When your dog is diagnosed as being deaf, it can be a lot to take in. One of the first things we get asked when a dog is diagnosed as deaf is “what do I need to change?” The answer is, very little. Deaf dogs can have a regular life and do normal things like go to the park, socialise with other dogs and play fetch! Like when a human is born deaf or becomes deaf, life goes on. So, here are our tips in getting life going again.

Don’t change everything!

Deaf dogs learn to adapt to a life without sound very quickly, but that’s not to say they wouldn’t get stressed if they became deaf. They absolutely would. For dogs that are born deaf, they’ve never known any other way of life, but for Dogs that lose their hearing, becoming deaf can be a very stressful time. So, if things don’t need to change, don’t change them. Monitor your dog first, see what they, as an individual need help with and then go from there.

Speak to your dog.

Now that could seem weird. Speaking to a deaf dog? But this is one our most important tips, especially for dogs who’ve experienced losing their hearing. When humans speak, we create micro-expressions; this is what your dog reads when you talk to them. By speaking to them, they can read your emotions and intent. 

Be mindful of how you wake them up.

Deaf dogs can sleep very deeply. To begin with, try gentle floor taps or paw strokes when waking them up. You’ll eventually find what works for you. 

Play with them

Playing with your pet is an essential part of bonding. By playing with your dog, they’ll quickly learn their new boundaries and capabilities, all while having fun! At the same time, so will you. Another tip for playing is to buy visual toys and puzzles for them, for example frisbees and treat based toys; these can keep your dog’s brain very active and encourages them to use their other senses.

Train them with specific hand signals or BSL.

When you first trained your dog, you might have used a hand signal with your voice. If you did, simply return to that hand signal. If not, you can make a new one! You may have seen dogs on social media that understand sign language; all dogs have that capability with training and consistency. Why not challenge yourself by teaching yourself and your dog BSL?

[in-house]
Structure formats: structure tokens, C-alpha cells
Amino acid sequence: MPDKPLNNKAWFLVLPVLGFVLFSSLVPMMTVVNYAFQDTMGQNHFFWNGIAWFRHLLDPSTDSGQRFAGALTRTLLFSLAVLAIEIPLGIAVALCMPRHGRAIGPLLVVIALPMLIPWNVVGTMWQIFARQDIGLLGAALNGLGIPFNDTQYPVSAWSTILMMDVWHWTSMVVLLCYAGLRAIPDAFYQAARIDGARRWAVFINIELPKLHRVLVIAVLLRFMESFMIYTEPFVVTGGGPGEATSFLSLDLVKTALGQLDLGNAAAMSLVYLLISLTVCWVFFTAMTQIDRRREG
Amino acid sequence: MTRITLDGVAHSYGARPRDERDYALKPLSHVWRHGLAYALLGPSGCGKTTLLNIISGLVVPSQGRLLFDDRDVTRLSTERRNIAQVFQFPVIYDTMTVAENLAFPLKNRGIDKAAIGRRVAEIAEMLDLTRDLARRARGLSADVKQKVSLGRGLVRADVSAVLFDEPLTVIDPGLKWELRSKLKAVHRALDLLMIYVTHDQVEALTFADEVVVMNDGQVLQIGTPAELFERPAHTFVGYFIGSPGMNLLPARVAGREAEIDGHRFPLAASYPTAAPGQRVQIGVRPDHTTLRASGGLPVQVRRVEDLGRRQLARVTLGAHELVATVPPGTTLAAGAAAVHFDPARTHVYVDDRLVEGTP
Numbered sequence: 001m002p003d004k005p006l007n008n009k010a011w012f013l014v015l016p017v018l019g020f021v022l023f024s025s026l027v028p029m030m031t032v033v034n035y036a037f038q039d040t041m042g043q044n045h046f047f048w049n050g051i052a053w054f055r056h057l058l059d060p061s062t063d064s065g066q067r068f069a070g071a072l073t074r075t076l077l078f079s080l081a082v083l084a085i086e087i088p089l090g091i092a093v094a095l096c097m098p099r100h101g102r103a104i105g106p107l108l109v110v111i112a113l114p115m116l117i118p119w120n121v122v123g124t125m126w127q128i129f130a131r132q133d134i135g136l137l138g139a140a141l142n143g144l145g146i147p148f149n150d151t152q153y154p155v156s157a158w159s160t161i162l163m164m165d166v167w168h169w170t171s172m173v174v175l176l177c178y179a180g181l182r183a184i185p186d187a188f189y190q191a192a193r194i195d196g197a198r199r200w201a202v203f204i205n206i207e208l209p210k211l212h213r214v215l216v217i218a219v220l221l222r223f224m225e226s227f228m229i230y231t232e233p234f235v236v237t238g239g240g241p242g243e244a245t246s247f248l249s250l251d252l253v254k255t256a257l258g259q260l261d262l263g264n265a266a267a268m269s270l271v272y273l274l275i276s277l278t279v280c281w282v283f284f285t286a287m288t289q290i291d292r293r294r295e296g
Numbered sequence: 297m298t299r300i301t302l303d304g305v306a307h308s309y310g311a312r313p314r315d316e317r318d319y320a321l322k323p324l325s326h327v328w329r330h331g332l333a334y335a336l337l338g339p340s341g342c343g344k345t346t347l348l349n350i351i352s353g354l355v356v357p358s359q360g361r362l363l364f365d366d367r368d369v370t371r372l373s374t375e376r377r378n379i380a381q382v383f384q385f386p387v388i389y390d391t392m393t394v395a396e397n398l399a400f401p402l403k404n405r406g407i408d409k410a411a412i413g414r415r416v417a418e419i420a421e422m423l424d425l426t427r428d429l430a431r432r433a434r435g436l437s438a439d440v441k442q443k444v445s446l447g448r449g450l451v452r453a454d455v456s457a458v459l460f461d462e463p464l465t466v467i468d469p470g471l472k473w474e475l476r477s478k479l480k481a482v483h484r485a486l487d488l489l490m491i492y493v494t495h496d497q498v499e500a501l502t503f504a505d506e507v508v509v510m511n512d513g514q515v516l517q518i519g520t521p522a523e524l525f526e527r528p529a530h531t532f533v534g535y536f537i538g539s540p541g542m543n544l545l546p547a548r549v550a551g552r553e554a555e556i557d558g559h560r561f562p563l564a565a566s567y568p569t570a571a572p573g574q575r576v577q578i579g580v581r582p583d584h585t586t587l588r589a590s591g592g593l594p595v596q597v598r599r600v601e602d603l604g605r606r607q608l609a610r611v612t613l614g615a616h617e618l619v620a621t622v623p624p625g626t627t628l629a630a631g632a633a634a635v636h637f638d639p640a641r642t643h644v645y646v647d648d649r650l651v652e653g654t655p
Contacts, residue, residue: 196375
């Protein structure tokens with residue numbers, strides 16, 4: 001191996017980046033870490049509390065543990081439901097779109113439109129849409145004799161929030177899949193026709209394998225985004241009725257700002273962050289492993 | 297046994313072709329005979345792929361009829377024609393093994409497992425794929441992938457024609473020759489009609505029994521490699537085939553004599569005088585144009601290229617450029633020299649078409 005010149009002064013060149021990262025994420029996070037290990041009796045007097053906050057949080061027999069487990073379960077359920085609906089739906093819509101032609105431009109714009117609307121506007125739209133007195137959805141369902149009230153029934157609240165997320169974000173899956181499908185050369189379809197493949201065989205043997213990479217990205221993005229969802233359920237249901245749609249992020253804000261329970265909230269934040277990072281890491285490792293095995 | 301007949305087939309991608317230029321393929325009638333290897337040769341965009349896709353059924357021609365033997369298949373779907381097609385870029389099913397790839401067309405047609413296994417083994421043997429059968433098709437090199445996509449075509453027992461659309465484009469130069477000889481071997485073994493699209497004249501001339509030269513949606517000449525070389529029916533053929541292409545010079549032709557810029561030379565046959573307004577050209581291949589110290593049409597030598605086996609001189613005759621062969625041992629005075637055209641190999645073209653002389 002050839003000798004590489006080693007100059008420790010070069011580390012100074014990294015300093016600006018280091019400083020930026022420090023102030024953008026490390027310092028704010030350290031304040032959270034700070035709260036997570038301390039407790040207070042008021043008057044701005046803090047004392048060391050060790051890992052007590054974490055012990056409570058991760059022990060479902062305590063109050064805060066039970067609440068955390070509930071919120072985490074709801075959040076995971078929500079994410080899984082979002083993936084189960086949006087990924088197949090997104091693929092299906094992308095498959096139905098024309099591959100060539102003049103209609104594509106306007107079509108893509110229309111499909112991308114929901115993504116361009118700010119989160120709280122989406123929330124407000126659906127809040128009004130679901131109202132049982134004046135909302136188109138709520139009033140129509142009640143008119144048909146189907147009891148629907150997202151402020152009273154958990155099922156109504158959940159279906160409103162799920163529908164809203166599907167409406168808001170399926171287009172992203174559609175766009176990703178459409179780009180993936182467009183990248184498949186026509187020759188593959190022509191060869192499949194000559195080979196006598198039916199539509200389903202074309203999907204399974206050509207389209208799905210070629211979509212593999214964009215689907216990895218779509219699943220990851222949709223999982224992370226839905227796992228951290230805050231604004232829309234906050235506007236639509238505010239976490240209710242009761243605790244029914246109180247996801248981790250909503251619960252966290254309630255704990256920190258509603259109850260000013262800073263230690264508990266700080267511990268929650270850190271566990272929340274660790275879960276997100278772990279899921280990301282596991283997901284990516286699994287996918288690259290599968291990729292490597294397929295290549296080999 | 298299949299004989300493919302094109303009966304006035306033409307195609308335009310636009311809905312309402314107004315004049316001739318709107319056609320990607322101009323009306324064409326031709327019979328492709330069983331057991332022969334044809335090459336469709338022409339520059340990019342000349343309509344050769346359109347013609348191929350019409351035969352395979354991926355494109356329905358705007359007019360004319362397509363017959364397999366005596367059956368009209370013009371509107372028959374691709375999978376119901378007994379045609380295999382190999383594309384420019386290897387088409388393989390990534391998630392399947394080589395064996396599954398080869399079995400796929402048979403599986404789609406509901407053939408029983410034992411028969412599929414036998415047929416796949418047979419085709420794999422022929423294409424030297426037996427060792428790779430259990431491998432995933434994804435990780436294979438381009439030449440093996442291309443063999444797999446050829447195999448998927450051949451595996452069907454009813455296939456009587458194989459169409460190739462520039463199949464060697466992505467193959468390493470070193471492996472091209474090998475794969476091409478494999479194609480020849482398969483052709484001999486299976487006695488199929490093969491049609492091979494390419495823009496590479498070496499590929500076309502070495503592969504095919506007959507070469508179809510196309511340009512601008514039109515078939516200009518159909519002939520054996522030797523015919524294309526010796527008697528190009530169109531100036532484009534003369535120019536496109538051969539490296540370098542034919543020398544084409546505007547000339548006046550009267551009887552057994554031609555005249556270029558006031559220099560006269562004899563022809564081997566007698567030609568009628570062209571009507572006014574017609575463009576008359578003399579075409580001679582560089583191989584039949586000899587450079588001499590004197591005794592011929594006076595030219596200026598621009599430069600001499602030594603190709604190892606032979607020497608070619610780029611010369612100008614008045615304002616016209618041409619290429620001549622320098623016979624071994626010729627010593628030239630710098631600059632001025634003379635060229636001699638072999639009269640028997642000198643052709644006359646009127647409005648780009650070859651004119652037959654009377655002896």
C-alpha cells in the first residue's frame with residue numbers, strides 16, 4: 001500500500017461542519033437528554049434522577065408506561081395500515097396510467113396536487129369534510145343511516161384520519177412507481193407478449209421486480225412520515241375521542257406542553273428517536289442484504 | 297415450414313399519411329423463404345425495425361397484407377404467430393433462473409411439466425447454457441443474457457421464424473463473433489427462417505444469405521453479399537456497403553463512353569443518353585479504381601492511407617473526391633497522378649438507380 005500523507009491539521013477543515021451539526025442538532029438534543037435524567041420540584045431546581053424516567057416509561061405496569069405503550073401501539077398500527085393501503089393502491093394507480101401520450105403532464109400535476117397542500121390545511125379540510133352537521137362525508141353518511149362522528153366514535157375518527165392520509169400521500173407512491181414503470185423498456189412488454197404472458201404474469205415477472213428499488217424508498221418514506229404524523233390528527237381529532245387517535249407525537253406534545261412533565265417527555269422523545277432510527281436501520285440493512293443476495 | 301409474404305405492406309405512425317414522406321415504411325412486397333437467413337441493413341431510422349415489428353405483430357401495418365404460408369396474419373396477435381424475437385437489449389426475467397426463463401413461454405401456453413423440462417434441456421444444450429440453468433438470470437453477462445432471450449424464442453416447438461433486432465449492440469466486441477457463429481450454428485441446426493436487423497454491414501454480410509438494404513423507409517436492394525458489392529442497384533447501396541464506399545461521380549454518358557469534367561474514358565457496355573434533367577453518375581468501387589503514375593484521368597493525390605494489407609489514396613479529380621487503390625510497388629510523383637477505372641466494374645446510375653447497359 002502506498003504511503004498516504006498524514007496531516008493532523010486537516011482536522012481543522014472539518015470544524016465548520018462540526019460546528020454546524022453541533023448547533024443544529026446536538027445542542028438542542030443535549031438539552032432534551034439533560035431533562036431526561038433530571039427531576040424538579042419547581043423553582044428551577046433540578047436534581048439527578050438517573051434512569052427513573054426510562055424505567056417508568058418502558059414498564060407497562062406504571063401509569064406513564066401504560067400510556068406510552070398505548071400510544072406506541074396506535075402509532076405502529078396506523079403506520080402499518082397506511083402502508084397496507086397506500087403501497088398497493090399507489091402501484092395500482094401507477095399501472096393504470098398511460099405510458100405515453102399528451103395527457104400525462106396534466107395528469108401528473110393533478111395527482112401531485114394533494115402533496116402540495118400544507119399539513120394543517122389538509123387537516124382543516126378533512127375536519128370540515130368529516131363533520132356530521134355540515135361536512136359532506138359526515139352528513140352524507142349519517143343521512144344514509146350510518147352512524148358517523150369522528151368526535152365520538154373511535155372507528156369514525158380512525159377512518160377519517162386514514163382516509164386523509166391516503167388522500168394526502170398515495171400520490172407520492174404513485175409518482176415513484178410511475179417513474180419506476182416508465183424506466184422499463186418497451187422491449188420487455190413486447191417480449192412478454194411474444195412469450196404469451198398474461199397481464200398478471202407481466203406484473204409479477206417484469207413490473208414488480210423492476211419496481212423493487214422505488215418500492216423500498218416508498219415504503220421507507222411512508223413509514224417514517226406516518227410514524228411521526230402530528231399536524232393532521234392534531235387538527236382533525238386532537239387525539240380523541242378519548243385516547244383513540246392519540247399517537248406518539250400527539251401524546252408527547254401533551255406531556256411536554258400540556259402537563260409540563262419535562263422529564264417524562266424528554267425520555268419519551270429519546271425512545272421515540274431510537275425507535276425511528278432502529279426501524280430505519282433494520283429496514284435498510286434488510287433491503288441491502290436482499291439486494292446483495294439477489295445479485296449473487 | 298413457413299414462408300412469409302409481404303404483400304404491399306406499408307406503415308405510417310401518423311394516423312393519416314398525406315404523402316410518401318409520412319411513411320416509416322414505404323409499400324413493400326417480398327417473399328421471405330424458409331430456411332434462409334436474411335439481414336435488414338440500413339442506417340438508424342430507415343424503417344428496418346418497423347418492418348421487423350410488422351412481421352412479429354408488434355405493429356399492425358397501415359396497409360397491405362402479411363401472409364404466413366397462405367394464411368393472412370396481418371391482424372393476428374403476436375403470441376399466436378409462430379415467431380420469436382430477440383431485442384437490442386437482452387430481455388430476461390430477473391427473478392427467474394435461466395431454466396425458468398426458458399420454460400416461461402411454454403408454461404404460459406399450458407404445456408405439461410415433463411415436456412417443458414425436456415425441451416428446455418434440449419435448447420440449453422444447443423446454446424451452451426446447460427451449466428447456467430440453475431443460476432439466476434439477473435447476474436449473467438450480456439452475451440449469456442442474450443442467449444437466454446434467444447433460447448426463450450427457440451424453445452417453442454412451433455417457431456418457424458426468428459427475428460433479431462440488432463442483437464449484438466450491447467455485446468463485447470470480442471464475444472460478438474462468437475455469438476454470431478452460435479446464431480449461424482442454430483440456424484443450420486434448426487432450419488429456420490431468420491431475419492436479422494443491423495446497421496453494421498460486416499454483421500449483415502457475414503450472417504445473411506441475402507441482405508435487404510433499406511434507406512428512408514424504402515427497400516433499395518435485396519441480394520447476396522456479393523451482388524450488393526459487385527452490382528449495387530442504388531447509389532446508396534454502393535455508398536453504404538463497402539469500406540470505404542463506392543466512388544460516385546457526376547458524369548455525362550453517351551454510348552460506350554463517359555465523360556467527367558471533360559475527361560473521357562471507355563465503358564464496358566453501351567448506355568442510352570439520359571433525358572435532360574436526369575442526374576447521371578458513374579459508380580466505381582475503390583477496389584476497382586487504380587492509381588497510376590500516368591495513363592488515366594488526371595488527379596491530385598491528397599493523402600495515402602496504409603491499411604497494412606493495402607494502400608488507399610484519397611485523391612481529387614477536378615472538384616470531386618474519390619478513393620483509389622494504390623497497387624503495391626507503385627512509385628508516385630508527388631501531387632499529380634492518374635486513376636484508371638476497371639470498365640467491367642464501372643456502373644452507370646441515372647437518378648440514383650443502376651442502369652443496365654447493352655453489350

Gently desensitise them to touch. 

For Dogs without hearing, their sense of touch becomes very sensitive, so it’s essential to train it. Equally, it’s important for owners to learn their dogs (possibly new) boundaries. Keep in mind that this is something that might need to be done gradually and with patience. When your dog is calm and not expecting it, gently touch them and then reward them. You can go from touching near their head to further away as you both get more confident. This training is for if another dog, or even a child, comes up to your dog, there won’t be any animosity.

Learn to get their attention from afar.

They might not be able to hear you, but they can certainly see you and feel vibrations through the floor. You can tap the floor when you want their attention, or make sure you’re in eyesight of them. Being using these senses, experiment with what works for both of you when it comes to getting your dog’s attention. 

Purchase an “I am deaf” collar, harness or lead

Getting a labelled collar, harness, or lead informs other people not to casually approach your pet, especially those you don’t know.

Safety on walks.

While out on walks, we recommend using caution if you choose to let your dog off the lead. If your dog is used to being off the lead, they might become distressed if they were suddenly not allowed to walk freely. So, we advise always keeping your eye on them if you let off the lead or taking them to a private park so they can roam in a controlled environment. If you don’t feel secure in let your dog off the lead, make sure you have a retractable one to imitate that freedom.

Our tips for helps a dog living with deafness are less about training and more about relearning what works and what doesn’t for you and your little one. If you do make any helpful changes eventually, the adaptations will become so routine you wouldn’t think twice about it. It will become your normal. Which apart from a few things, probably isn’t that different to a dog with hearing.

If you need any more help with your little one, please don’t hesitate to get in touch with one of our vets.